Top positive review
2 people found this helpful
Groups, Motifs and team dynamics
on 27 November 2016
Like Brave New World this novel deals with different groups (Abegnation, Dauntless, Erudite, Candor & Amity), which contribute to societies functions. Every group has its distinctive motifs, dress and colour. They represent the different sides of human nature taken to the extreme. Abegnatin are the selfless faction where Beatrice is born and the fact that she is divergent, not fitting neatly into any one faction, just highlights how complex human beings are.
The induction creates the values and behaviours necessary to reinforce group mentality. Those who do not succeed, or conform, are factionless. This is portrayed as a fate worse than death, as they live outside the bounds of a civilised society. Again a little like Brave New World, a place outside of the compound filled with savages.
It is interesting that the author has chosen 16 years of age as the time of choice. An age in the UK where students finish compulsory education. A stage which they are also still pliable and open to new ideas and influences.
Like most YA novels it is written in the first person from Beatrice’s point of view and it is though her interactions that we learn about the rest of the characters. We learn a lot about Peter through his shocking behaviour and the way he treats Beatrice. Equally we love and respect Four for his ability as a leader and his care and respect for Beatrice. Four’s role is also contrasted with Eric and we discover that Four is the more able despite Eric’s seniority and obvious resentment.
This book is a great example of groups, motifs and team dynamics and how these are woven together. The first person narrative, like the Hunger Games, is relational and exposes the other characters through their words and actions. I look forward to reading the rest of the books in the series.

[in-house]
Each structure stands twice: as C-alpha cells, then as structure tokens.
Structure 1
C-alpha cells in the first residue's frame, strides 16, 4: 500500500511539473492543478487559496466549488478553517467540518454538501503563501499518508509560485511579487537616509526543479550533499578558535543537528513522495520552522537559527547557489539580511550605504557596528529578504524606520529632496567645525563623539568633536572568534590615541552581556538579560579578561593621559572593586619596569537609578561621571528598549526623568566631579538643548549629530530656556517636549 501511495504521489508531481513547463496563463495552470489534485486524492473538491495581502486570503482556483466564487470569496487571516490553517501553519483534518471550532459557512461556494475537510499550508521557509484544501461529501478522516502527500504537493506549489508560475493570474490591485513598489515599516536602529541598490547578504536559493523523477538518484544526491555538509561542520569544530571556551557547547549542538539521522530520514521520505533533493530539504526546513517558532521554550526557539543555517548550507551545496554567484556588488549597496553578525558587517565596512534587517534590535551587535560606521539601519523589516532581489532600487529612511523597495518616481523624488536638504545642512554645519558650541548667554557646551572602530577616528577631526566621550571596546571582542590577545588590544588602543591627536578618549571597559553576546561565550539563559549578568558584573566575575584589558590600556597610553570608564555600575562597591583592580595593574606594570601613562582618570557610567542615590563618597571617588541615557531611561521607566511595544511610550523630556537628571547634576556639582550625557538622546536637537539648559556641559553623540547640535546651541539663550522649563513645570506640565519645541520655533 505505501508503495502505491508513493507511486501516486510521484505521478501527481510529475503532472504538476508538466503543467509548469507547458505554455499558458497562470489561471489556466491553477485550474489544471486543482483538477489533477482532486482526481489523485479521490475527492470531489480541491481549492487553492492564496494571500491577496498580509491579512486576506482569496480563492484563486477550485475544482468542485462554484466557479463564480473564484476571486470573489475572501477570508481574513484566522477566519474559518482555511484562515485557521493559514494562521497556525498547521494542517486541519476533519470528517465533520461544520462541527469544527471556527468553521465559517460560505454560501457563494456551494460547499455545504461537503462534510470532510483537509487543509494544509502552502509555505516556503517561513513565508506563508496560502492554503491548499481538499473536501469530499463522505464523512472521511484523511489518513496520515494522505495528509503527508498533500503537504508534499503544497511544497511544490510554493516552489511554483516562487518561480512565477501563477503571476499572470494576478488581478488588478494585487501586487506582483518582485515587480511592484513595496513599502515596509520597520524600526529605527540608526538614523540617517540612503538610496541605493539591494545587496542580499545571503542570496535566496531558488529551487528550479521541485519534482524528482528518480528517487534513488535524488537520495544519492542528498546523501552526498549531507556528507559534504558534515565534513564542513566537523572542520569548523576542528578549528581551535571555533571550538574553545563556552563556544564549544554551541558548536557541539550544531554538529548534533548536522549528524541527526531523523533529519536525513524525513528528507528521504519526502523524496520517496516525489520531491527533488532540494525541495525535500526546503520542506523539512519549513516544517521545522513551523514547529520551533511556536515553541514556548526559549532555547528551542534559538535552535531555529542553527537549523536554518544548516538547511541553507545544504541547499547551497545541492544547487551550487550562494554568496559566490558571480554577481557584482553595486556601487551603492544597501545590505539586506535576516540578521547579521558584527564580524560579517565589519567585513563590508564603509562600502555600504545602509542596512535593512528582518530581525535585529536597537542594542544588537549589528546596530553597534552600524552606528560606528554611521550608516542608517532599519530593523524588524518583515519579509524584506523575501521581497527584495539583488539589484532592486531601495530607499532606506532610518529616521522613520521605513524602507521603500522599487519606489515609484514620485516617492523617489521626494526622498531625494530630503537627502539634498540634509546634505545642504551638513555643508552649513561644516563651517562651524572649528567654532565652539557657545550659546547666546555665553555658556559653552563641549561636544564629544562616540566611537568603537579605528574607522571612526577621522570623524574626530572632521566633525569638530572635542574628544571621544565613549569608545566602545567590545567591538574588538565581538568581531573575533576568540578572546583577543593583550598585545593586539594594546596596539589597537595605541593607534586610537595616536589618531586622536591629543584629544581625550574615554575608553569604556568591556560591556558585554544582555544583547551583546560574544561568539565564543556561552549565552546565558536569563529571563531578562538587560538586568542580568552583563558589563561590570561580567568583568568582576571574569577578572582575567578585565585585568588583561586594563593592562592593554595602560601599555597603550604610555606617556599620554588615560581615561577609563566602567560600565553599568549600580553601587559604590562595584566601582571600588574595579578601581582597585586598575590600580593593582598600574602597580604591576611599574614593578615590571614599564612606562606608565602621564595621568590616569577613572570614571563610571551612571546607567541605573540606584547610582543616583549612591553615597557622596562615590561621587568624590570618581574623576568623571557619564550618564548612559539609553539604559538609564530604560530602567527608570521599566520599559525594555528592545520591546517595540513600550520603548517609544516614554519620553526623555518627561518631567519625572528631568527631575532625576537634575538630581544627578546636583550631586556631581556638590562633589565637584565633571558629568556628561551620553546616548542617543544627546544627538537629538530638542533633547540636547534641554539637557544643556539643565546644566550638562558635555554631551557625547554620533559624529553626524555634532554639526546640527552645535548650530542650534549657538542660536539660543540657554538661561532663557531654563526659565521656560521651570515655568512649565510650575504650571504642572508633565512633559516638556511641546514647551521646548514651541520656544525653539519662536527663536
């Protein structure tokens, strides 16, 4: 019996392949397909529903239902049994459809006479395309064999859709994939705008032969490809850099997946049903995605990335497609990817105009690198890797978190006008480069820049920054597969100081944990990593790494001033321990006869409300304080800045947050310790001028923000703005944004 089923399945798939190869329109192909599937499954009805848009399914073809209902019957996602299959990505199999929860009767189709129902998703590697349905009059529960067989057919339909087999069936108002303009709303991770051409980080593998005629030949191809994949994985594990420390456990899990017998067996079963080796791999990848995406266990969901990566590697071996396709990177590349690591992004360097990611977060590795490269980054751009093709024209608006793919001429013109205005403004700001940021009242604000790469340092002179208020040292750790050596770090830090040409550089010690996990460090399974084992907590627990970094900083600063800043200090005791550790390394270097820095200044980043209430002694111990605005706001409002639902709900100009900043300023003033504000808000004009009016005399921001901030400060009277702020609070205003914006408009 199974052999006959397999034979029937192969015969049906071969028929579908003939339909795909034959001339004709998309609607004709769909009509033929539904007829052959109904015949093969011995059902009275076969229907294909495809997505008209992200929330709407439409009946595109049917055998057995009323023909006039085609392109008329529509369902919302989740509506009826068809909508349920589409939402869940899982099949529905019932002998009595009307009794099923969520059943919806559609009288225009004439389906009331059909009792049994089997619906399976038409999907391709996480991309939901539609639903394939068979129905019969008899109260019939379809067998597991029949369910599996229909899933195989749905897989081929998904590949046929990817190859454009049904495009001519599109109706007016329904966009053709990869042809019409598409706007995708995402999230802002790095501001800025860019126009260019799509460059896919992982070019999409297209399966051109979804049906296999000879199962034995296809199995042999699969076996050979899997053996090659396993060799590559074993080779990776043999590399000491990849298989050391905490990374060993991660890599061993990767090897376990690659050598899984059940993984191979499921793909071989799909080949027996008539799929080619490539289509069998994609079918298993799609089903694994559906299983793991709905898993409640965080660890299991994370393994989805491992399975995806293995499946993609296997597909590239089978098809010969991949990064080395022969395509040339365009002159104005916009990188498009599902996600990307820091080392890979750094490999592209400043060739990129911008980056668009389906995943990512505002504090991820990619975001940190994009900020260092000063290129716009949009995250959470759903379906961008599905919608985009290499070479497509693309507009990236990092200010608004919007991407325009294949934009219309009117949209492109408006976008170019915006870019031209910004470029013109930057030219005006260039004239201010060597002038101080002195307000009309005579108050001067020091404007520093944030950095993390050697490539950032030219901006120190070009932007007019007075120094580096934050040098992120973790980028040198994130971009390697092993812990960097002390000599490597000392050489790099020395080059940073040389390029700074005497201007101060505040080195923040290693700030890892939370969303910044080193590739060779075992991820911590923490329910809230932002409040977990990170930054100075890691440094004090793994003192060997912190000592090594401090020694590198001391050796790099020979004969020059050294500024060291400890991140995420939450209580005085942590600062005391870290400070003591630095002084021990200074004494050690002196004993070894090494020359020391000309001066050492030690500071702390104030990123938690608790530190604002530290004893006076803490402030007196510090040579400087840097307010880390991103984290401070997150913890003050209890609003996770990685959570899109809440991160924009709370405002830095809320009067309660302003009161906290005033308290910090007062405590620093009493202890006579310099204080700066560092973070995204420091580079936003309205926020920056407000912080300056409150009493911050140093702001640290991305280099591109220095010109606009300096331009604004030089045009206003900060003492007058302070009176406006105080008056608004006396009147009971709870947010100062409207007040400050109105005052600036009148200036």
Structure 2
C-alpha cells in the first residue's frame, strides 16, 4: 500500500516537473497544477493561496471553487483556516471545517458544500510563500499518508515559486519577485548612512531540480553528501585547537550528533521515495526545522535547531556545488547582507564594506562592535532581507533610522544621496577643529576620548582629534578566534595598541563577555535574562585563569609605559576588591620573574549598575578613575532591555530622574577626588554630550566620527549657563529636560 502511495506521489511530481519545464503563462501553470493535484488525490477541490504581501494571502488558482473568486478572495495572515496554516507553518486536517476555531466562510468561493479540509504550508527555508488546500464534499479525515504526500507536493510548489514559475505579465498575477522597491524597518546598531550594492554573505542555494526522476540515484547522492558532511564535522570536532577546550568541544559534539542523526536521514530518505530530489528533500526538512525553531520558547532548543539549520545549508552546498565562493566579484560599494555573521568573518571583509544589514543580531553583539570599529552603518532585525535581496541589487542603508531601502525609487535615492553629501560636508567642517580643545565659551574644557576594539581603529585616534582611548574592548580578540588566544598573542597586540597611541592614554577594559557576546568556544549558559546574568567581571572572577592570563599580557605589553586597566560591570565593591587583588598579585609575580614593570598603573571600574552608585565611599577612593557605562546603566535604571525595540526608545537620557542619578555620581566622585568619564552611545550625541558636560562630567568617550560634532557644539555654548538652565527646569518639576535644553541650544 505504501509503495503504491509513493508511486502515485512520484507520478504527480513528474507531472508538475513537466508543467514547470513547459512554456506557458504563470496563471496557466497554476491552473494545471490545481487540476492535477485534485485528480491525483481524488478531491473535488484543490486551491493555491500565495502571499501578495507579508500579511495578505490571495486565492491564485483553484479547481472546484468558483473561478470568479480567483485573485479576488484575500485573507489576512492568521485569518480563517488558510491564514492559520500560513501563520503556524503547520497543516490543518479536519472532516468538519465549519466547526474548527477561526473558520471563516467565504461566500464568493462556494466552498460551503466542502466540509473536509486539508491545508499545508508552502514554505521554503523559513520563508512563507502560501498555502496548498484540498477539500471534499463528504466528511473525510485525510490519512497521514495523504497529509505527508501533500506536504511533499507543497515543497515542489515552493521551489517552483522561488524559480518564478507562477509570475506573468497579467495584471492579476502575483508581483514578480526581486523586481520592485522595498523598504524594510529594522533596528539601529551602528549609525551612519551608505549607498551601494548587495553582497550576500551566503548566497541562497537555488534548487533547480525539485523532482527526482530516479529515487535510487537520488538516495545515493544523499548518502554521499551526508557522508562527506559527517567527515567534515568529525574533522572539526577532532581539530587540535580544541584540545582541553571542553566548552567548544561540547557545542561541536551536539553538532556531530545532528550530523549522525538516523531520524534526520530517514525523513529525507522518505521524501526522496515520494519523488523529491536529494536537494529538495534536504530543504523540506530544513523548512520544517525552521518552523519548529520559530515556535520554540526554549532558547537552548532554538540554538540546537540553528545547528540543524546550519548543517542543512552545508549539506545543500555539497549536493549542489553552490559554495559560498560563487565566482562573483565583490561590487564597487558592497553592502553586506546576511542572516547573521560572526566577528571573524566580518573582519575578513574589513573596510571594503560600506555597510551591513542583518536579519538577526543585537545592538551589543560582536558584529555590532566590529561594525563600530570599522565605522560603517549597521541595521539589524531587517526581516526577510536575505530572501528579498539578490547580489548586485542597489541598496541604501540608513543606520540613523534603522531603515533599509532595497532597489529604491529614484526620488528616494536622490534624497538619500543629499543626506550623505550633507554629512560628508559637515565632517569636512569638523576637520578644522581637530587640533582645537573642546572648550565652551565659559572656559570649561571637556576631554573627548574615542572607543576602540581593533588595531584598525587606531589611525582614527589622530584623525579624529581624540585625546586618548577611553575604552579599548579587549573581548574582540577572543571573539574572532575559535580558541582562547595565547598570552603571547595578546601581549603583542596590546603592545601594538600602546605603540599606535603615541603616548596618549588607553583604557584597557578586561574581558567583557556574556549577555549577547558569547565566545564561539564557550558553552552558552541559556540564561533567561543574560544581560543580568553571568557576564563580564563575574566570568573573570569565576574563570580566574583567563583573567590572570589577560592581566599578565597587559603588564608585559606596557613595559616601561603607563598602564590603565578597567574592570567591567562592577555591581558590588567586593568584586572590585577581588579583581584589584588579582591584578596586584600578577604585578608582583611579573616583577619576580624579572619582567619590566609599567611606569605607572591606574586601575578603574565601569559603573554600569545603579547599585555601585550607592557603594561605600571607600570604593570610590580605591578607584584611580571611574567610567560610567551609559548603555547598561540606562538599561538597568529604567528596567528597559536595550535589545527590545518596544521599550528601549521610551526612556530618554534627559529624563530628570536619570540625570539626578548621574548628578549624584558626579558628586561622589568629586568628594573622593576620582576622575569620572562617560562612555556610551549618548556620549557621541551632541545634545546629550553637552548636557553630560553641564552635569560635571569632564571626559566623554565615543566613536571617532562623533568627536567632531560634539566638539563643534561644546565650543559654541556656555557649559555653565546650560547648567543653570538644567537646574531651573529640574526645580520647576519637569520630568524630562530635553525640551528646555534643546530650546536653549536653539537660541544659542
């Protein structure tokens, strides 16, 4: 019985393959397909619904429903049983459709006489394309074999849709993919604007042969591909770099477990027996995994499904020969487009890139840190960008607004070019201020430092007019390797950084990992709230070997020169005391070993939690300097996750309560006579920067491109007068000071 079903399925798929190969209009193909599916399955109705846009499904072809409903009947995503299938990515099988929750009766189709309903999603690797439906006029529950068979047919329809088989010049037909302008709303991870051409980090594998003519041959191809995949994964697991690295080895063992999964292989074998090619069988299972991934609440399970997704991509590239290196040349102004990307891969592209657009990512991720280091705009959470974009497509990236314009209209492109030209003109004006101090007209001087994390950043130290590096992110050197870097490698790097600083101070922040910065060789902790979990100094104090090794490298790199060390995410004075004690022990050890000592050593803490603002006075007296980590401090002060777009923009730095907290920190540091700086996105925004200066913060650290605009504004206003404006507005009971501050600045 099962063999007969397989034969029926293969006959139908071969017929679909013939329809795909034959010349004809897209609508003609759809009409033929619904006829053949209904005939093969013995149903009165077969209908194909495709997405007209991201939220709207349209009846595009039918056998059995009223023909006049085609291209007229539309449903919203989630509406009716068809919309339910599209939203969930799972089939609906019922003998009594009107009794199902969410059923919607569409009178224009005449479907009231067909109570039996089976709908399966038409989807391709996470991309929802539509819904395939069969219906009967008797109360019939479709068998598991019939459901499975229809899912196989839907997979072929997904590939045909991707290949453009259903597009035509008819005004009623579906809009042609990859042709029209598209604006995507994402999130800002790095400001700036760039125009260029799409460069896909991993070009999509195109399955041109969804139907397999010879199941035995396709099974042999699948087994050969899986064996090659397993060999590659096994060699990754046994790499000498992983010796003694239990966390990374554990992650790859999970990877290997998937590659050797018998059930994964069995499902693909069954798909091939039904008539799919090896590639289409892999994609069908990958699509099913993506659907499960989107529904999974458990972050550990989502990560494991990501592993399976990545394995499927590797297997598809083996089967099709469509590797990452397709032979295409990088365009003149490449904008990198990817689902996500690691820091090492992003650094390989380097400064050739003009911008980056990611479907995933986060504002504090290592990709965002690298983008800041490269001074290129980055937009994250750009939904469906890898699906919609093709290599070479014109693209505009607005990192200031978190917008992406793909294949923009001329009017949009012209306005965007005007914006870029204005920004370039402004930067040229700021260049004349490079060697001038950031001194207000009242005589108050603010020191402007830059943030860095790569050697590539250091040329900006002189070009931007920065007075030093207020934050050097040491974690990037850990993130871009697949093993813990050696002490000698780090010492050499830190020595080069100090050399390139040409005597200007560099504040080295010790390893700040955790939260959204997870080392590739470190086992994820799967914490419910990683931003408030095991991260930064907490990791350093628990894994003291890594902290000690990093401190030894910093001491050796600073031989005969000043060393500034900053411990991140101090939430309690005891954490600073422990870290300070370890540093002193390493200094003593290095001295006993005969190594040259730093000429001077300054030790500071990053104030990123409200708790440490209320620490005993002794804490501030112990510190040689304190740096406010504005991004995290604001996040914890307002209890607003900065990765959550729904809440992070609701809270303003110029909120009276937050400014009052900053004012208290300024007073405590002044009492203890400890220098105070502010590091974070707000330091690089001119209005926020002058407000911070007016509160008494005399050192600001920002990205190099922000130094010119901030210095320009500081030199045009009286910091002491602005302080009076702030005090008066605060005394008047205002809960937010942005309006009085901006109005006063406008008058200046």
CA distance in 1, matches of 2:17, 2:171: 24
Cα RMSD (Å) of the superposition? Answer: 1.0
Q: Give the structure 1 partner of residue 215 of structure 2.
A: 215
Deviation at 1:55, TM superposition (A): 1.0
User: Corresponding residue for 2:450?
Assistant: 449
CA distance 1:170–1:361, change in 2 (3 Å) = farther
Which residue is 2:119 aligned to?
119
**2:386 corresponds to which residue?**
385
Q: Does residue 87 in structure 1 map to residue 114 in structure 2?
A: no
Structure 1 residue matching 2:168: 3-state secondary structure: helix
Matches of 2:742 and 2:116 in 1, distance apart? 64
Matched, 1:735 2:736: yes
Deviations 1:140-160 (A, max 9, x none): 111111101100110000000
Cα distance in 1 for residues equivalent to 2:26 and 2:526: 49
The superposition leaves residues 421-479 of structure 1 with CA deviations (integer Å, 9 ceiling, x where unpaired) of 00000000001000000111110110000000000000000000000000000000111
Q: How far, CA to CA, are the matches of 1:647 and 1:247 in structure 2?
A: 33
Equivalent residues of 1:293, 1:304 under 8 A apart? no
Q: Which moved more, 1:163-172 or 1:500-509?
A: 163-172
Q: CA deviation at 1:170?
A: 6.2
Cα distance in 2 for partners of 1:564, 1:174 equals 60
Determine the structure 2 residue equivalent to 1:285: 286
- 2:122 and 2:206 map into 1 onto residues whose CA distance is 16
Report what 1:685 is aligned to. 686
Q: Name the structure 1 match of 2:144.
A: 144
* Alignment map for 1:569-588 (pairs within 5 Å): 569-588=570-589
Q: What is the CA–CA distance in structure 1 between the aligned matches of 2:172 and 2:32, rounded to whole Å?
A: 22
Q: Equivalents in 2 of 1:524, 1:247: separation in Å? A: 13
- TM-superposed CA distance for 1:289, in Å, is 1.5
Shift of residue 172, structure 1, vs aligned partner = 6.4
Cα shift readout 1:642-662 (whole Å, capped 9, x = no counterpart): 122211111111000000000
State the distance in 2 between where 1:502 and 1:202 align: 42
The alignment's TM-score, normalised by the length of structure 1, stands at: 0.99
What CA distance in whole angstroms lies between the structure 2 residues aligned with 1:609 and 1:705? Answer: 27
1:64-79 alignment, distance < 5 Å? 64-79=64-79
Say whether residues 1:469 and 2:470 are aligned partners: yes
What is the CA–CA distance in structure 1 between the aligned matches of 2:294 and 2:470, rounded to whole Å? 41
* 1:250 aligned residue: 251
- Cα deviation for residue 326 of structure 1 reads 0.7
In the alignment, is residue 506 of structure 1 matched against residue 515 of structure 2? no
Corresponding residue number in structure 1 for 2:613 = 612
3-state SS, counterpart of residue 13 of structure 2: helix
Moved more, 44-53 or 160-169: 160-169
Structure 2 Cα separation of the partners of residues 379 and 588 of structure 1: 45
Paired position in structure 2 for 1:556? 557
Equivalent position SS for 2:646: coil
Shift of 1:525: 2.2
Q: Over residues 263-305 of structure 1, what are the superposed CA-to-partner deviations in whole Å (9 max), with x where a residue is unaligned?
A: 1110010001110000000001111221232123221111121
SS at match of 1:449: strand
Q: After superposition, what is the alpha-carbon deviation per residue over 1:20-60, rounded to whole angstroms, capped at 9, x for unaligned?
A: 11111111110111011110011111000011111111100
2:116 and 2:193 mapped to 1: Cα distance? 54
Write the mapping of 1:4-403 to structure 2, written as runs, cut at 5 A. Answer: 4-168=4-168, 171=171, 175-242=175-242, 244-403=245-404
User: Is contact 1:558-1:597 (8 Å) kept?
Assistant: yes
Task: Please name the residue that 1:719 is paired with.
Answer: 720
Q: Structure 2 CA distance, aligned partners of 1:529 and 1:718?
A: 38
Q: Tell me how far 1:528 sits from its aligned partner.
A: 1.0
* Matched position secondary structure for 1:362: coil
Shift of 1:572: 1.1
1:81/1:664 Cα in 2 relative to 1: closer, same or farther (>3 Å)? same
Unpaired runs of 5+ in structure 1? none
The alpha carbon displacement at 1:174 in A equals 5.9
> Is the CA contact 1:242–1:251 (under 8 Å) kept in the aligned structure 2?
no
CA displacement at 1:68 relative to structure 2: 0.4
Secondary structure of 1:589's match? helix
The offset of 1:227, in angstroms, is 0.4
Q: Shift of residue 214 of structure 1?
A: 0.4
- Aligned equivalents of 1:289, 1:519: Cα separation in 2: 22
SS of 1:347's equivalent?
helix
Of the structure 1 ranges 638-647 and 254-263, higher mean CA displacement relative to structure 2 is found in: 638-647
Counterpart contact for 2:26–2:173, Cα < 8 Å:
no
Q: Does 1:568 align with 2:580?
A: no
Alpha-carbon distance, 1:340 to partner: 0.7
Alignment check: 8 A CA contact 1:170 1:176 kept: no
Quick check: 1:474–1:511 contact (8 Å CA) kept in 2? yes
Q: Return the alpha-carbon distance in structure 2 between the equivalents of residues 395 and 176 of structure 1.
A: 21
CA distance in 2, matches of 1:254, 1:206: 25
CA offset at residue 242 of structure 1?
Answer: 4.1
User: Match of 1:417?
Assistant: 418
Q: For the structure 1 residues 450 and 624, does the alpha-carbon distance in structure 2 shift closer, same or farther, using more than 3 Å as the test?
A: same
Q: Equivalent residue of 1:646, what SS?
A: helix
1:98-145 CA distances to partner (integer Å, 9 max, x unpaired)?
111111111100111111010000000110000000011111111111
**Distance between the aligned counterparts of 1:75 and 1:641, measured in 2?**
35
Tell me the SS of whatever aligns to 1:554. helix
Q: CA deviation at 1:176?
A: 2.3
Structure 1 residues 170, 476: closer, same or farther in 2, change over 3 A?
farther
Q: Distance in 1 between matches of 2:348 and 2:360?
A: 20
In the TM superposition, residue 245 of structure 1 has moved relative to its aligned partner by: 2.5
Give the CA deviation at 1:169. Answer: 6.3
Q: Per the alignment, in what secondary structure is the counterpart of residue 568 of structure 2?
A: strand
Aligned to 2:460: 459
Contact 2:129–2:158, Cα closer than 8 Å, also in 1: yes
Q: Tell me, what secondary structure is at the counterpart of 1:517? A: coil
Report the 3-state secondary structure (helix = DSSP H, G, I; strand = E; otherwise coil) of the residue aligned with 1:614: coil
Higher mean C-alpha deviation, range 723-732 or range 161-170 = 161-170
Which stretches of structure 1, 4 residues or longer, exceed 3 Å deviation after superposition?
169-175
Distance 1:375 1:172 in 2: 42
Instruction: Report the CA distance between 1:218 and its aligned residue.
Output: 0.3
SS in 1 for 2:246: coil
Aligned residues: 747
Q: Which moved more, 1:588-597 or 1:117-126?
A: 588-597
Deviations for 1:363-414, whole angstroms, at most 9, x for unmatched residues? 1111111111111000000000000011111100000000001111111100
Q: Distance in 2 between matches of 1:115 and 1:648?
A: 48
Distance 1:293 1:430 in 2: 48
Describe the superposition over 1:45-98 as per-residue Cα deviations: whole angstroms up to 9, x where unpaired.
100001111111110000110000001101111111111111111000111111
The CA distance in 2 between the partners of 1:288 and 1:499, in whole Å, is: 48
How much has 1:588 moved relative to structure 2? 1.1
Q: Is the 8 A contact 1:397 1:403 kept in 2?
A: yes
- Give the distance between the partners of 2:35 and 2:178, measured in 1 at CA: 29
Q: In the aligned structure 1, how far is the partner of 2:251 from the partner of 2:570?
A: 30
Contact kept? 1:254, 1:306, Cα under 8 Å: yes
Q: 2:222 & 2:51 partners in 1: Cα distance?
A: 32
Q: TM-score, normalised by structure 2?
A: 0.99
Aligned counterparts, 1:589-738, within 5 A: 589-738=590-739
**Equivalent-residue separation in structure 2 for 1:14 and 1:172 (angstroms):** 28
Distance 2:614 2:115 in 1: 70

Divergent ends with Tris thinking of life beyond a faction, yet insurgent is so much more than this. She still clings to Dauntless as her faction of choice, but she also has to recognise that she is divergent with all the risks associated with this.
We discover much more about the other factions in this book, starting with Amity, where they flee to first. Erudite by their nature hold the knowledge of all the faction as well as a secret they would prefer to see destroyed than fall into the wrong hands. It is this secret that drives the story forward as individuals set aside their factions to work together. The reader also sees the strain this puts on Tris and Tobias’s relationship as he works with this father and is reconciled to his mother.
The divergent are much more important in this book than the previous one and we learn that there are more members of this group than Tris may have imagined. They are certainly a target for the Erudite and their Dauntless allies. From a political perspective they are the people who think across party lines. This can also be seen in the way Dauntless splits with some siding with Erudite, most notably Eric and those who don’t. Even peace loving, neutral Amity suffers a crisis amongst its members with some needing to fight rather than stay neutral.
As the title suggests there is more fighting, violence and torture in this book, but I love the ending. The idea that the divergent are the future and that factions were only a temporary solution to restore order from chaos. I look forward to reading the next book.